Conclusions:

For any heat illness prevention program to be effective, greater attention and continued observation is needed for athletes at high risk for EHI. For many athletic teams or programs, because of the sheer numbers and associated catastrophic injury potential, health care professionals must implement a system by which high-risk individuals are monitored during activity with the highest level of vigilance for prevention of EHI.

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Mark Stanbrough

Coaches play an extremely valuable role in a profession that offers the opportunity to help develop young people. The purpose of this study, which assessed the state of coaching education, was two-fold: 1) to determine coaching education knowledge and skills in meeting the National Coaching Standards, and 2) to determine the application of effective coaching principles in meeting the National Coaching Standards. An email containing a website link for an online survey was sent to all athletic directors in Kansas middle and high schools asking them to forward the website link to all coaches they worked with. A total of 1,414 surveys were returned. The current state of coaching education assessment listed the national coaching standards developed by NASPE and used a Likert scale to ask how prepared and successful the coaches are in meeting the standard. Results of the survey indicated that coaches feel highly prepared and successful in the following coaching standard topics: teaching positive behavior (Standard 2), demonstrating ethical conduct (Standard 4), environmental conditions (Standard 7), positive learning environments (Standard 19), and skills of the sport (standard 27). Coaches indicated that they felt least prepared and least successful in the following standards: coordinated health care program (Standard 10), psychological implications (Standard 11), conditioning based on exercise physiology (Standard 12), teaching proper nutrition (Standard 13), conditioning to return to play after injury (Standard 15), mental skill training (Standard 24), managing human resources (Standard 32), managing fiscal resources (Standard 33) and emergency action plans (Standard 34). Findings from the study can be used to direct coaching education in the areas coaches feel they are less prepared and less successful.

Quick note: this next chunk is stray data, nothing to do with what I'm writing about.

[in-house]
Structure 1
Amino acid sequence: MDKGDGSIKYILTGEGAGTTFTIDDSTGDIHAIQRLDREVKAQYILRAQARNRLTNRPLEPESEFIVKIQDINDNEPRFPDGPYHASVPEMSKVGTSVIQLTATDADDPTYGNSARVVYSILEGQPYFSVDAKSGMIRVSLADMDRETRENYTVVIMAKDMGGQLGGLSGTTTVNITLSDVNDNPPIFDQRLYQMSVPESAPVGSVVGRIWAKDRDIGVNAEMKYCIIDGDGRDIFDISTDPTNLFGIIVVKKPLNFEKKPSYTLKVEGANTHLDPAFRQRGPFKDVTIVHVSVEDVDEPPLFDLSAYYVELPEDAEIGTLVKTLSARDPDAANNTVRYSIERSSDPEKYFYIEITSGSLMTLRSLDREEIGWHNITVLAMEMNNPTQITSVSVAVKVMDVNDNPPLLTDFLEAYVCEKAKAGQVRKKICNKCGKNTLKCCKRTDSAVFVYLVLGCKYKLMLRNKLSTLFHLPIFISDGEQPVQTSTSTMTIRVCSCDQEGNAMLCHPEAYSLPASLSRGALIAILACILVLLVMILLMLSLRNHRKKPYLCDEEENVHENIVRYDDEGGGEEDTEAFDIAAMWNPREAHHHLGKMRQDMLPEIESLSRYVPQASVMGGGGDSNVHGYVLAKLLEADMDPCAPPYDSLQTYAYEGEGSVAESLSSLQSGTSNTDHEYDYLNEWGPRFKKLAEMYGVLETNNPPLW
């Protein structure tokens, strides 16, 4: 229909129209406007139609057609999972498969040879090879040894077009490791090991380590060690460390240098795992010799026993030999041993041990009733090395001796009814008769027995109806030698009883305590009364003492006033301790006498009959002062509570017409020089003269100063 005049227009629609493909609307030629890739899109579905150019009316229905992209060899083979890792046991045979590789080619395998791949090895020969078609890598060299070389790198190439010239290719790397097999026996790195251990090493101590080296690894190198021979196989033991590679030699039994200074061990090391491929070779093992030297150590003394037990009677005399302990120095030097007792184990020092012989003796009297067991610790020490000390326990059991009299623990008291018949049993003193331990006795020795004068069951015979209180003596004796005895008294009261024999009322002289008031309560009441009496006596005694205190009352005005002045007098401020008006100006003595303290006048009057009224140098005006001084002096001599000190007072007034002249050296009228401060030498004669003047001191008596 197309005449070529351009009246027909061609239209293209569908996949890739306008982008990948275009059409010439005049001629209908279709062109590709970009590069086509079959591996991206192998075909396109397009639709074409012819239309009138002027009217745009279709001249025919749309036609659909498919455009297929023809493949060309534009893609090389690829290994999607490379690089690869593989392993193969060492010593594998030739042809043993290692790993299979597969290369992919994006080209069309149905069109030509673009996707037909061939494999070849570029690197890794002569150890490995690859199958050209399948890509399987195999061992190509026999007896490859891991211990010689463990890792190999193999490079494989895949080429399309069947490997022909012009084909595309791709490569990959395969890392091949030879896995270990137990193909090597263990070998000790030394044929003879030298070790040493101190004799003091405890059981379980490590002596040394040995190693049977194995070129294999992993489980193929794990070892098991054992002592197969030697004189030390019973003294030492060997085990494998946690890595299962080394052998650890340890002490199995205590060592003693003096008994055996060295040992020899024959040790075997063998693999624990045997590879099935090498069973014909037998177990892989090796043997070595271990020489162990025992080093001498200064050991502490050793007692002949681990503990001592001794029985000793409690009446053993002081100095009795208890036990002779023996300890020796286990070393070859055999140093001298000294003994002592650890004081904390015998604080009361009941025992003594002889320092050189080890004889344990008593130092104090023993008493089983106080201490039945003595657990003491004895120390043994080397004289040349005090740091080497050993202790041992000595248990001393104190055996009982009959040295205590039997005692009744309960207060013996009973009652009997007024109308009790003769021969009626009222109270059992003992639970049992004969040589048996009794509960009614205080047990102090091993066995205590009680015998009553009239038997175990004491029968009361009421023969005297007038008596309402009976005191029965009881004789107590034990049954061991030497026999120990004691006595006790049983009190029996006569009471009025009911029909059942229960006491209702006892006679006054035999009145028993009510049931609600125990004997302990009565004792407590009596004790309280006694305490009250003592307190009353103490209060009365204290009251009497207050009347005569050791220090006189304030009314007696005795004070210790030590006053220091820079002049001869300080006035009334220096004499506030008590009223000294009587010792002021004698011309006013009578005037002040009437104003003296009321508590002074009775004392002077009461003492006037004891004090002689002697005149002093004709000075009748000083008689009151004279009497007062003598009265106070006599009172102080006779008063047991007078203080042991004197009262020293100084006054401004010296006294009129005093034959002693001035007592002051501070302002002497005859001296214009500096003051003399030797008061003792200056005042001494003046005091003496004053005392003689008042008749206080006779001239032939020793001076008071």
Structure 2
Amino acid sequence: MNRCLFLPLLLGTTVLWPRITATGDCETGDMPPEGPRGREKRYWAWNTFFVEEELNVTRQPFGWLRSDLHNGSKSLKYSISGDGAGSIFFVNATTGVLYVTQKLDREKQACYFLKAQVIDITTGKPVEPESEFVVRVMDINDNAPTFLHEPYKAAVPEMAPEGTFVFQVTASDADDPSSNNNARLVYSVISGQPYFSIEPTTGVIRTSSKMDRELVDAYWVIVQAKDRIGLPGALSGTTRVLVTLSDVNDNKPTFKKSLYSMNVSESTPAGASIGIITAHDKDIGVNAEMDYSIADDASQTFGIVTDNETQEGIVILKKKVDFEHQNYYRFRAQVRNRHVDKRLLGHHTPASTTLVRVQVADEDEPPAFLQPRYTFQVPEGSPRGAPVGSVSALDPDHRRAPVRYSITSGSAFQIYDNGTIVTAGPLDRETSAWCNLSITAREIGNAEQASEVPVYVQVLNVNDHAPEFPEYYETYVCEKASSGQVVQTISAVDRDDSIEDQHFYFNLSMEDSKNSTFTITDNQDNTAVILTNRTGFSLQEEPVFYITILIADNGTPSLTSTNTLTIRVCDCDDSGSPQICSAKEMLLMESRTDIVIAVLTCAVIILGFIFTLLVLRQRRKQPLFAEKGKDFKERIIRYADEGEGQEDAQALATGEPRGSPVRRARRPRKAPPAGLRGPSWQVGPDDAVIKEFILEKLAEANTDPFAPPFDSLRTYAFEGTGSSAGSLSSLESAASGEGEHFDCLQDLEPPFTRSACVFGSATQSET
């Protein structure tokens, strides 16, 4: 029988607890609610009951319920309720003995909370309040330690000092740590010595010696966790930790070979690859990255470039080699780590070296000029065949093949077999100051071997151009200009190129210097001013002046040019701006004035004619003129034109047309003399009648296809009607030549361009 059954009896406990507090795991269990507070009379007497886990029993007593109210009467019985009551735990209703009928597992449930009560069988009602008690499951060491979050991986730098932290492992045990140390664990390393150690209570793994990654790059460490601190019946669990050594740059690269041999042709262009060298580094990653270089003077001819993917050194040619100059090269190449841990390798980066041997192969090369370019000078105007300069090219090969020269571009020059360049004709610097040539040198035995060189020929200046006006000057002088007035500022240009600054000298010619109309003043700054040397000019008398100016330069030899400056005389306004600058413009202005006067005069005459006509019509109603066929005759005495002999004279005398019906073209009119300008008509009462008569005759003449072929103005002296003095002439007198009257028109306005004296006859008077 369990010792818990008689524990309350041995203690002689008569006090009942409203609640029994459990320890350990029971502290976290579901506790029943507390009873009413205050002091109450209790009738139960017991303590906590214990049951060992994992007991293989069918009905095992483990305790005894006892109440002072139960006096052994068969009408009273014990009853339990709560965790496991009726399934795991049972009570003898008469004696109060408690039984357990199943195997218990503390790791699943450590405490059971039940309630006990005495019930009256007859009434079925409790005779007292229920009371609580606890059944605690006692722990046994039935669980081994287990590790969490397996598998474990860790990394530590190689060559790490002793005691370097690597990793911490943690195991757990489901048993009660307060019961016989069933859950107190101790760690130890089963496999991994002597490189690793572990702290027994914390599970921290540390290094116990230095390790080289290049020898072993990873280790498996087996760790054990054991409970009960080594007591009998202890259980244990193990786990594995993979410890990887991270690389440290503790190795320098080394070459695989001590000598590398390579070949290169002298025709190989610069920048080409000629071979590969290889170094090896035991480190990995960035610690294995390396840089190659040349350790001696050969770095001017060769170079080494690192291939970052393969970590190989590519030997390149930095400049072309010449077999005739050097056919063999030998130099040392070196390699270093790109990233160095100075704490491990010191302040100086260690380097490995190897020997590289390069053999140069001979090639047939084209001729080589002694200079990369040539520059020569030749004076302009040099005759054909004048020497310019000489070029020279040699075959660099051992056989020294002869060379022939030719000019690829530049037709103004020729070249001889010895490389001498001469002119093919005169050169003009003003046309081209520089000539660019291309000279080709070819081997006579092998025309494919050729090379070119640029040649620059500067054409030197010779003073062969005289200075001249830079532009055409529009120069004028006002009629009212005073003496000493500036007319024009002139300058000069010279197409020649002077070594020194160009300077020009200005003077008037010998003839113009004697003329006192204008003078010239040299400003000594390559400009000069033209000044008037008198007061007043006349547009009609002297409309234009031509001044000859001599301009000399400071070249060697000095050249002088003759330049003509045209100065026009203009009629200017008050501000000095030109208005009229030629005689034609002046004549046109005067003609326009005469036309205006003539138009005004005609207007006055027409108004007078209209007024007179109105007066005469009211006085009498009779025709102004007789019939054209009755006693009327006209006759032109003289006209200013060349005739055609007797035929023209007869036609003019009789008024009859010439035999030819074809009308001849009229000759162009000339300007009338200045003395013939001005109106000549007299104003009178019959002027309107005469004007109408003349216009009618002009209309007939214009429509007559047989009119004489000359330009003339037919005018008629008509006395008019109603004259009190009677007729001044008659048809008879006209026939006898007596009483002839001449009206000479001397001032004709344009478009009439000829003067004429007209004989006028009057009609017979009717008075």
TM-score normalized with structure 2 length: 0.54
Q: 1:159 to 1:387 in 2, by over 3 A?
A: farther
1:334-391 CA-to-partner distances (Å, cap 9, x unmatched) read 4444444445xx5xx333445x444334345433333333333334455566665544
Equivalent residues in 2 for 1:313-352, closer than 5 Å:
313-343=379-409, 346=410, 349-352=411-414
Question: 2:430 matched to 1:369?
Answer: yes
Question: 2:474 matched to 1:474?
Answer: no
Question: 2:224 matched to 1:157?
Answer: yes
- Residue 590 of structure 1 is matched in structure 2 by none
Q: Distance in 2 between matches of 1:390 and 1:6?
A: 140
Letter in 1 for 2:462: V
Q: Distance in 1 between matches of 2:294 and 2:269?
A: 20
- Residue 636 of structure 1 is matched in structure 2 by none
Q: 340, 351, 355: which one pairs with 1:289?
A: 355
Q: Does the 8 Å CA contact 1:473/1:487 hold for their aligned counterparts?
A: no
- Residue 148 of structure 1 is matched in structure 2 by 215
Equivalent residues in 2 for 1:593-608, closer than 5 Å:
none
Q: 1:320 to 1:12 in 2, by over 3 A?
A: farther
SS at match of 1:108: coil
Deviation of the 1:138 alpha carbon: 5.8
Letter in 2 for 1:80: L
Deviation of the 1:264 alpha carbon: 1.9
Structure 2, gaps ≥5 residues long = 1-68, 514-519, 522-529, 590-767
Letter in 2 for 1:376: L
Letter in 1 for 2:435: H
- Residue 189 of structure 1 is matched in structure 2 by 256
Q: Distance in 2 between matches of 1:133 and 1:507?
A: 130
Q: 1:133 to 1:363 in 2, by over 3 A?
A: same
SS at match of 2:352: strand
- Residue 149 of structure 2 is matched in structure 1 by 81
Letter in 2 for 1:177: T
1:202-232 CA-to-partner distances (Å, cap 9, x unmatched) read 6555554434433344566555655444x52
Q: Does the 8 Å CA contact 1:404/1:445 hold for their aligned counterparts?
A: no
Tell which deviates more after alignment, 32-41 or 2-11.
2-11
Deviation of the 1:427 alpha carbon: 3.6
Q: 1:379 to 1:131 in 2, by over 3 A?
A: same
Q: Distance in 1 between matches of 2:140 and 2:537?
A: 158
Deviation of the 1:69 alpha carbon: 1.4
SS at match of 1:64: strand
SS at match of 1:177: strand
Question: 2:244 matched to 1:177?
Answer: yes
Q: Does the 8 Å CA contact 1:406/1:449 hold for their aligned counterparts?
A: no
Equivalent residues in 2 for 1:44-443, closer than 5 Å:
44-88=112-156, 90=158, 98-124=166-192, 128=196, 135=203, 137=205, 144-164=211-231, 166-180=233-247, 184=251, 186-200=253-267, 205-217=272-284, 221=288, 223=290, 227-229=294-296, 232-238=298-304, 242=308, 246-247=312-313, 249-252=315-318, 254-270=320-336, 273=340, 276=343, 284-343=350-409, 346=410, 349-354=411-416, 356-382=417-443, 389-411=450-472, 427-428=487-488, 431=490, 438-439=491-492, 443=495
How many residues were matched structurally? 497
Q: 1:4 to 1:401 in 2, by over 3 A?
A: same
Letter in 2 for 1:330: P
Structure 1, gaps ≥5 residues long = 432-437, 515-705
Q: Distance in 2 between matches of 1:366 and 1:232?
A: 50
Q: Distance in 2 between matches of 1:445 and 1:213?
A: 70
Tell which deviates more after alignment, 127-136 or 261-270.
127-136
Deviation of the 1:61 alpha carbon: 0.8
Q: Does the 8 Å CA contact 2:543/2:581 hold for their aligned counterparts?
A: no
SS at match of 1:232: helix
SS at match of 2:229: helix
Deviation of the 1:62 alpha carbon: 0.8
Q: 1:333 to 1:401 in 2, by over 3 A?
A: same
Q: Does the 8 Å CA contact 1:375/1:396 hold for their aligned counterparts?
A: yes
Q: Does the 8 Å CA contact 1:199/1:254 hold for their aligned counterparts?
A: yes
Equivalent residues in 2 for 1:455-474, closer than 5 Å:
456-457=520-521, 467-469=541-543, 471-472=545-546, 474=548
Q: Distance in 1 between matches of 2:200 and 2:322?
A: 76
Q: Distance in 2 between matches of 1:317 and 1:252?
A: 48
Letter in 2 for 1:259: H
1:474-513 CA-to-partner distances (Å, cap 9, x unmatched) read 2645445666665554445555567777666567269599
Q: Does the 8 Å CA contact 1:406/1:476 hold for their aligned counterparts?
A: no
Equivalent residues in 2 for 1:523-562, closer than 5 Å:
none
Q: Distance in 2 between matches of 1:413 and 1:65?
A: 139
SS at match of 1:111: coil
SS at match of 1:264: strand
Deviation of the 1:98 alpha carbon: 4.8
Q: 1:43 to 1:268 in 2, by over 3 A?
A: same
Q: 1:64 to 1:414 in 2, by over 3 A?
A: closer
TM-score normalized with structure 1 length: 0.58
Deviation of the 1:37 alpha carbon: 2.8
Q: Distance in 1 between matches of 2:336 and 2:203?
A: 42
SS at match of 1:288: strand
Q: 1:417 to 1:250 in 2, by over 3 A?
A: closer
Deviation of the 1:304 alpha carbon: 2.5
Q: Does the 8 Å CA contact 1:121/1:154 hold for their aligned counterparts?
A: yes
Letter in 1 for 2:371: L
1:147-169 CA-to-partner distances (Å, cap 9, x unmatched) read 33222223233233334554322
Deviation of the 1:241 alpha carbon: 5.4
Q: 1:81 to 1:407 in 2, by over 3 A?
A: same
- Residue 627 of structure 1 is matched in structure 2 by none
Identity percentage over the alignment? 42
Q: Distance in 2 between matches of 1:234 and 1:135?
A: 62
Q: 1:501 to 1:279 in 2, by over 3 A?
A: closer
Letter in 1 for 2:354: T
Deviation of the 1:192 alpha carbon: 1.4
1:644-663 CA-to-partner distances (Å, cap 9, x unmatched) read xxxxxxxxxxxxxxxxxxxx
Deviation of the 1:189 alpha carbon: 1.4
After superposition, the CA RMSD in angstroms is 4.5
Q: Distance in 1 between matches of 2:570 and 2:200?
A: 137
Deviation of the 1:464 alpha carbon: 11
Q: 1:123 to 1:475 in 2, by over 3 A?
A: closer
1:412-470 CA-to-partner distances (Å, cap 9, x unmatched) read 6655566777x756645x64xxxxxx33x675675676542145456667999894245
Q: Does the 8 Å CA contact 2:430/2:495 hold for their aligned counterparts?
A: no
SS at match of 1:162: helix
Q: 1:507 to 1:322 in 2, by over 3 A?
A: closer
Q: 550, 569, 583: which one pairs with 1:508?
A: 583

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Johanna M. Hurtubise, Cheryl Beech and Alison Macpherson

Context:

There is a lack of research on sex differences for severe injuries across a variety of sports at the collegiate level.

Objective:

To compare differences in injury severity and concussion between sexes and collegiate sports.

Design:

Descriptive epidemiological study.

Participants:

1,657 injuries were analyzed from collegiate teams at York University.

Data Collection and Analysis:

Injuries were assessed by a certified or student athletic therapist and were categorized based on degree of tissue and/or joint damage as either severe or nonsevere. Severe injuries included those with third degree damage, while all others were classified as nonsevere. Injury severity was compared between the sexes and across different sports using Pearson chisquare analysis. Logistic regression was used to assess the relative contribution of each covariate.

Results:

Males sustained 1,155 injuries, with 13.3% of them being severe, while females sustained only 502 injuries, 17.7% of which were severe. The odds of sustaining severe injuries among female athletes are 1.4 times the odds of male athletes (OR: 1.40, CI 1.05−1.86). Eleven percent of all female injuries were concussions—significantly more than males (χ2 = 11.03, p = .001). The odds of female athletes having a concussion are 1.9 times the odds of a male athlete (OR: 1.85, CI 1.28−2.67).

Conclusion:

Based on our analysis, females are at an increased risk of sustaining a severe injury, particularly concussions. These findings highlight the need for future research into sex and sport-specific risk factors. This may provide information for health care professionals, coaches, and athletes for the proper prevention, on-field care, and treatment of sport injuries.

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Jason S. Scibek and Christopher R. Carcia

Background: